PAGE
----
AWS: Default root password


This article is more about general Linux than it is about Amazon Web Services or EC2. Nonetheless, quite a few people seem to be getting their fingers dirty with Linux servers as a result of the AWS free usage tier, and this question pops up regularly in the context of AWS. I think more people using Linux and open source is awesome, so I want to cater to this crowd a bit.

So, I get a lot of requests for information about the default root password in Amazon Linux. The quick answer is:

The default Amazon Linux EC2 instance does not allow root user login.

If you need to do something as root (for example, add a new user), try the following:

/usr/sbin/useradd myNewUser
This returns a "Permission denied" error. Try the "sudo" command ("substitute user do" - most commonly the substitue user is root. The "!!" indicates that you want to repeat the last command issued.
sudo !!
You should see a "sudo /usr/sbin/useradd myNewUser" and the command will execute Those of you who like to live more dangerously probably noticed that the following command does not work.
su root
The "substitute user [name]" command simply tells the shell you want to login as someone else. By default the shell confirms the password. A different option is to use "substitute user do" to switch to a superuser.
sudo -s
exit
Notice I immediately exit the superuser's shell. This is because you should not be wandering around your server as root. If you just needed to get to the root user's shell, there you have it. For those interested, here is a little bit more information for your consumption. The next question that pops up for me is, why don't I need to enter a password? In Linux there is generally a sudoers file (/etc/sudoers for Redhat-like distributions - including Amazon Linux). Check that file out here:
sudo cat /etc/sudoers

The file is filled with comments and examples, but you’ll notice the following two lines of content:

root    ALL=(ALL)    ALL
ec2-user    ALL = NOPASSWD: ALL

Without going into much detail, I’ll highlight the obvious here: Notice the “ec2-user”, “ALL”, and the “NOPASSWD:ALL”? That’s right, the ec2-user is allowed use the “substitute user do” command, and (without a password) perform all commands from anywhere. Luckily, one of those commands is “sudo -s”. For the curious, this means that the following also work (make sure you are logged in as ec2-user first):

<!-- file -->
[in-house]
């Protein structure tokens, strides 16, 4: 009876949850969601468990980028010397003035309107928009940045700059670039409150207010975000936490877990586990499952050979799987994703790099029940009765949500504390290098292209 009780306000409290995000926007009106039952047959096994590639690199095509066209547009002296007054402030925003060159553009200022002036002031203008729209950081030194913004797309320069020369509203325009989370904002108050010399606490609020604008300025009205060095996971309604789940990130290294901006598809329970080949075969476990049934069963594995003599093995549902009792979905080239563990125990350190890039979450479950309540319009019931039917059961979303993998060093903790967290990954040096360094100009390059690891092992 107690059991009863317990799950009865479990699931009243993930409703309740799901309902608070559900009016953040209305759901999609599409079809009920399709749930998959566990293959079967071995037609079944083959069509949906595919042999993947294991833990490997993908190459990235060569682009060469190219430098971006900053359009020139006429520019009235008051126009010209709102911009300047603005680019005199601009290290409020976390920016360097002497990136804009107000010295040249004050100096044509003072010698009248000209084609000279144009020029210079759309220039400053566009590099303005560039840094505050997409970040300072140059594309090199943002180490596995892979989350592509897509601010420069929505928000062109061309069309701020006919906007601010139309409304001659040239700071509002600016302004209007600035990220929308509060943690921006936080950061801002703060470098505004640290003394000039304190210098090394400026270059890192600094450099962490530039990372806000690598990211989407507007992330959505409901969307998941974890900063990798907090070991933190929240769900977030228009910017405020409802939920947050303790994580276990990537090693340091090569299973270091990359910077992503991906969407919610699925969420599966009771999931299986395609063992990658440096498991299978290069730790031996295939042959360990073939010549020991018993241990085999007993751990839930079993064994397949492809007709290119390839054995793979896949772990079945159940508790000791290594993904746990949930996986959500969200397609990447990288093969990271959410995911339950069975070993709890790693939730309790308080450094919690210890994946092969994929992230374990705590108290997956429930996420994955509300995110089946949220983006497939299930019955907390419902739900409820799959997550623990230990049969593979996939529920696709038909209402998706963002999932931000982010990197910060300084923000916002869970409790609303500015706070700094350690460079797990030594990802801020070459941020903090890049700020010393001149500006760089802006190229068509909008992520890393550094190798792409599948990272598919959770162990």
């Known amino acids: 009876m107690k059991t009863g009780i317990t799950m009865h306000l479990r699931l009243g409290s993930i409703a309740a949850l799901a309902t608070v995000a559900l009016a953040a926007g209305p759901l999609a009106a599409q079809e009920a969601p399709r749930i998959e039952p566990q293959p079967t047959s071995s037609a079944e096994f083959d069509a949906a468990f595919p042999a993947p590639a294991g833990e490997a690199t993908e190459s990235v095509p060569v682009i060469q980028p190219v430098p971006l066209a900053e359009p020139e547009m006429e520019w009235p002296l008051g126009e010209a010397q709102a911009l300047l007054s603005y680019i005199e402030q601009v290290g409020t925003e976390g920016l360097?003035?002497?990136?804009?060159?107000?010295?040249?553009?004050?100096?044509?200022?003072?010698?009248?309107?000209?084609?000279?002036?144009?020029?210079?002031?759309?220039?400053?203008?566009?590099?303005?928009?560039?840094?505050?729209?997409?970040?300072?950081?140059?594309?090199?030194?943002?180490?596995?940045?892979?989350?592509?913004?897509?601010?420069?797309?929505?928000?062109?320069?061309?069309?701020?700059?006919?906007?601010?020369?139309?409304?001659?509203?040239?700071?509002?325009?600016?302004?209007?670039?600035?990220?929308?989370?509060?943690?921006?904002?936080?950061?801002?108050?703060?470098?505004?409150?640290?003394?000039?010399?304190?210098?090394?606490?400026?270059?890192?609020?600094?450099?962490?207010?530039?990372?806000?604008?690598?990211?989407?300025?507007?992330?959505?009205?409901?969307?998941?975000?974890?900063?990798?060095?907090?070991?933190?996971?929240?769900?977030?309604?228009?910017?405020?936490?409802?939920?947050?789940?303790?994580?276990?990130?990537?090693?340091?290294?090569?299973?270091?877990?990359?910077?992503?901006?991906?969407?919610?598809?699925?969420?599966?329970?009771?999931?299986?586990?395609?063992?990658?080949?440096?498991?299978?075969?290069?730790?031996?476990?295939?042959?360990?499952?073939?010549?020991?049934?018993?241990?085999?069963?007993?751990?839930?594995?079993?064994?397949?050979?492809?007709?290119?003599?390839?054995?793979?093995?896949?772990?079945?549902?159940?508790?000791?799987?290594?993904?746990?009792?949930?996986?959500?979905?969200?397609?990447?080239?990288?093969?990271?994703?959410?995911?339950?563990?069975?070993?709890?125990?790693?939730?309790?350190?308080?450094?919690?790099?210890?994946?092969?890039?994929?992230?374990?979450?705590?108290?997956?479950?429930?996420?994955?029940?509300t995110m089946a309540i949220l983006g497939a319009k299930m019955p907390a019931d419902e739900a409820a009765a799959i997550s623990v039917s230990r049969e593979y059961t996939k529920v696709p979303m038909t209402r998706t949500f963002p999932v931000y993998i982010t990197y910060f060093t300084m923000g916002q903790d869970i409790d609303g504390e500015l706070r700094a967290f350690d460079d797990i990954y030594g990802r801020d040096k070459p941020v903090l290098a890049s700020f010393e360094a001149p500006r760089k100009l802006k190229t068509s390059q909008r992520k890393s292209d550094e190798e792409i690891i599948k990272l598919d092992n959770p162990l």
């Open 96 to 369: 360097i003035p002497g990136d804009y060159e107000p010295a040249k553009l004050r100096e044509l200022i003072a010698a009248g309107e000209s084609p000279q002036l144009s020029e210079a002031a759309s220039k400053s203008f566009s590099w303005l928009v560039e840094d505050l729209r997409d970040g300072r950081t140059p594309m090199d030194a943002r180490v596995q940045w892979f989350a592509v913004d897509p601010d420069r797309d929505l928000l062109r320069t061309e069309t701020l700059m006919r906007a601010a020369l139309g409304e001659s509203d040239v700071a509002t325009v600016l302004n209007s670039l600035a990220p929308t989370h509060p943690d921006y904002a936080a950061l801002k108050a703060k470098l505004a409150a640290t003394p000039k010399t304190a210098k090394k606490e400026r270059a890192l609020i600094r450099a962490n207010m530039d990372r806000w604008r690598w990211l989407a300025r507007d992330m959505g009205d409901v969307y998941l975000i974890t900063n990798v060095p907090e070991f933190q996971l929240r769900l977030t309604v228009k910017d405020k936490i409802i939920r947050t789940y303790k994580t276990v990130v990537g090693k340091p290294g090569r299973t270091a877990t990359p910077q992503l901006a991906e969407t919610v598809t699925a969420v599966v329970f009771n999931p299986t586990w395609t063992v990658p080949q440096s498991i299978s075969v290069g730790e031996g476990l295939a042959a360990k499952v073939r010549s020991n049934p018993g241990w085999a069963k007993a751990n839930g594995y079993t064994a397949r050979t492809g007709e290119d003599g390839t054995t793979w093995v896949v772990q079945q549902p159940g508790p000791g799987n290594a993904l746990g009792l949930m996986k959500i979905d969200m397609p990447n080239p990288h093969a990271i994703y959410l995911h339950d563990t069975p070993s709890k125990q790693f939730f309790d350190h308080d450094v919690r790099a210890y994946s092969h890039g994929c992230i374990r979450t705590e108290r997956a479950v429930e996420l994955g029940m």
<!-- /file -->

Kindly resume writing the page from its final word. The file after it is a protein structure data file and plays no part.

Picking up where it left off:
sudo su root
exit
sudo su
exit

For anyone coming from Windows, putting “sudo” in front of a command is like participating in the operating system as an administrator - so long as your user is in the sudoers list (be careful).

Now for the password, if you have not already, let’s make a user:

sudo /sbin/useradd myTestUser

Now let’s take a look at the user list, where you should see “myTestUser” at the bottom.

sudo cat /etc/passwd

And investigate the real user list:

sudo cat /etc/shadow

Notice the second value for many of those entries consists of “!!”. Let’s go ahead and explicitly set the password for “myTestUser”, and then review the shadow file.

sudo passwd myTestUser
[Enter password twice]
sudo cat /etc/shadow

At this point the shadow file is updated to include the encrypted password and salt for “myTestUser”. I think that’s a good amount of information to get everyone started with user management in Amazon Linux. There is a wealth of data out there on Linux users, and if anyone has questions, feel free to post in the comments. This should be sufficient to acquire root level access to your instance (remember that using “sudo” is almost always a better idea than simply “sudo -s”-ing as soon as you login to your instance), and give you a little bit of knowledge about why/how the access is available to you.

2011-01-11
642 words


Tags
aws